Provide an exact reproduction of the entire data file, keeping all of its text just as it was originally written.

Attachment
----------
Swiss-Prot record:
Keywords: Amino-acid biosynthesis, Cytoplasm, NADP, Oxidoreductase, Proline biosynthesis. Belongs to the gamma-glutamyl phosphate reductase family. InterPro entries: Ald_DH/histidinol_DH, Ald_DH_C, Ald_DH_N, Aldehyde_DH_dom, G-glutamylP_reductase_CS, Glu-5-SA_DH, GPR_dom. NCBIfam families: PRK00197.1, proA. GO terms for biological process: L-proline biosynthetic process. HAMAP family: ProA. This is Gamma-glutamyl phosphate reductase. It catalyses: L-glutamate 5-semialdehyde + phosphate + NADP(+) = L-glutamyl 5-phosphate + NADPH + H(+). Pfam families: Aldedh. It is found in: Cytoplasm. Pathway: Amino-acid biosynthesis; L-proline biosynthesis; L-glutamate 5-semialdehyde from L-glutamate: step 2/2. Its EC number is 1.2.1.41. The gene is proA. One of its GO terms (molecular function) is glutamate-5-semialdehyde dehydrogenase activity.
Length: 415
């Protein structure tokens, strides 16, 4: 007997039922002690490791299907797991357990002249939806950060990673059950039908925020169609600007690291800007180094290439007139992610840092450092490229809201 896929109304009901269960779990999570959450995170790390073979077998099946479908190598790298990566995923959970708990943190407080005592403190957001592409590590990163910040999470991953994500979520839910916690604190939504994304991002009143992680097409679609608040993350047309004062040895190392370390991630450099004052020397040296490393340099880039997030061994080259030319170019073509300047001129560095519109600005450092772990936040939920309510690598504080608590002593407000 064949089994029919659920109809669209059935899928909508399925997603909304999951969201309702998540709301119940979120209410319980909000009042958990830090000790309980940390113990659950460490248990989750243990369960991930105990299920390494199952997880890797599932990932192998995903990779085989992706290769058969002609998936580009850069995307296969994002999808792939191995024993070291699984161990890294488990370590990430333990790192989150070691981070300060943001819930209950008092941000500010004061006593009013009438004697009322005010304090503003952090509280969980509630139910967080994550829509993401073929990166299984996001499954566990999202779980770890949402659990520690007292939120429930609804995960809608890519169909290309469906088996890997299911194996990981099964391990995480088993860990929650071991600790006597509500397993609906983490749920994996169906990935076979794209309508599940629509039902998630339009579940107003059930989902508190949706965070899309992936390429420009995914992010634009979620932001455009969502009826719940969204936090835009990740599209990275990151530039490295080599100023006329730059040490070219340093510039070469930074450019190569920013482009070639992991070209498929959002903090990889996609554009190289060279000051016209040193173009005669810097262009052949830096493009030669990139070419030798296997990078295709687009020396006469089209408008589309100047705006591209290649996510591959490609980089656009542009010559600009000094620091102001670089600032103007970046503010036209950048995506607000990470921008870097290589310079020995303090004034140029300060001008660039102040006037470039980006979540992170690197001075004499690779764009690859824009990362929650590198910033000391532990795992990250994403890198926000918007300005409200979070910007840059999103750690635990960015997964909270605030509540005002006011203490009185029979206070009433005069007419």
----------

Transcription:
Swiss-Prot record:
Keywords: Amino-acid biosynthesis, Cytoplasm, NADP, Oxidoreductase, Proline biosynthesis. Belongs to the gamma-glutamyl phosphate reductase family. InterPro entries: Ald_DH/histidinol_DH, Ald_DH_C, Ald_DH_N, Aldehyde_DH_dom, G-glutamylP_reductase_CS, Glu-5-SA_DH, GPR_dom. NCBIfam families: PRK00197.1, proA. GO terms for biological process: L-proline biosynthetic process. HAMAP family: ProA. This is Gamma-glutamyl phosphate reductase. It catalyses: L-glutamate 5-semialdehyde + phosphate + NADP(+) = L-glutamyl 5-phosphate + NADPH + H(+). Pfam families: Aldedh. It is found in: Cytoplasm. Pathway: Amino-acid biosynthesis; L-proline biosynthesis; L-glutamate 5-semialdehyde from L-glutamate: step 2/2. Its EC number is 1.2.1.41. The gene is proA. One of its GO terms (molecular function) is glutamate-5-semialdehyde dehydrogenase activity.
Length: 415
């Protein structure tokens, strides 16, 4: 007997039922002690490791299907797991357990002249939806950060990673059950039908925020169609600007690291800007180094290439007139992610840092450092490229809201 896929109304009901269960779990999570959450995170790390073979077998099946479908190598790298990566995923959970708990943190407080005592403190957001592409590590990163910040999470991953994500979520839910916690604190939504994304991002009143992680097409679609608040993350047309004062040895190392370390991630450099004052020397040296490393340099880039997030061994080259030319170019073509300047001129560095519109600005450092772990936040939920309510690598504080608590002593407000 064949089994029919659920109809669209059935899928909508399925997603909304999951969201309702998540709301119940979120209410319980909000009042958990830090000790309980940390113990659950460490248990989750243990369960991930105990299920390494199952997880890797599932990932192998995903990779085989992706290769058969002609998936580009850069995307296969994002999808792939191995024993070291699984161990890294488990370590990430333990790192989150070691981070300060943001819930209950008092941000500010004061006593009013009438004697009322005010304090503003952090509280969980509630139910967080994550829509993401073929990166299984996001499954566990999202779980770890949402659990520690007292939120429930609804995960809608890519169909290309469906088996890997299911194996990981099964391990995480088993860990929650071991600790006597509500397993609906983490749920994996169906990935076979794209309508599940629509039902998630339009579940107003059930989902508190949706965070899309992936390429420009995914992010634009979620932001455009969502009826719940969204936090835009990740599209990275990151530039490295080599100023006329730059040490070219340093510039070469930074450019190569920013482009070639992991070209498929959002903090990889996609554009190289060279000051016209040193173009005669810097262009052949830096493009030669990139070419030798296997990078295709687009020396006469089209408008589309100047705006591209290649996510591959490609980089656009542009010559600009000094620091102001670089600032103007970046503010036209950048995506607000990470921008870097290589310079020995303090004034140029300060001008660039102040006037470039980006979540992170690197001075004499690779764009690859824009990362929650590198910033000391532990795992990250994403890198926000918007300005409200979070910007840059999103750690635990960015997964909270605030509540005002006011203490009185029979206070009433005069007419």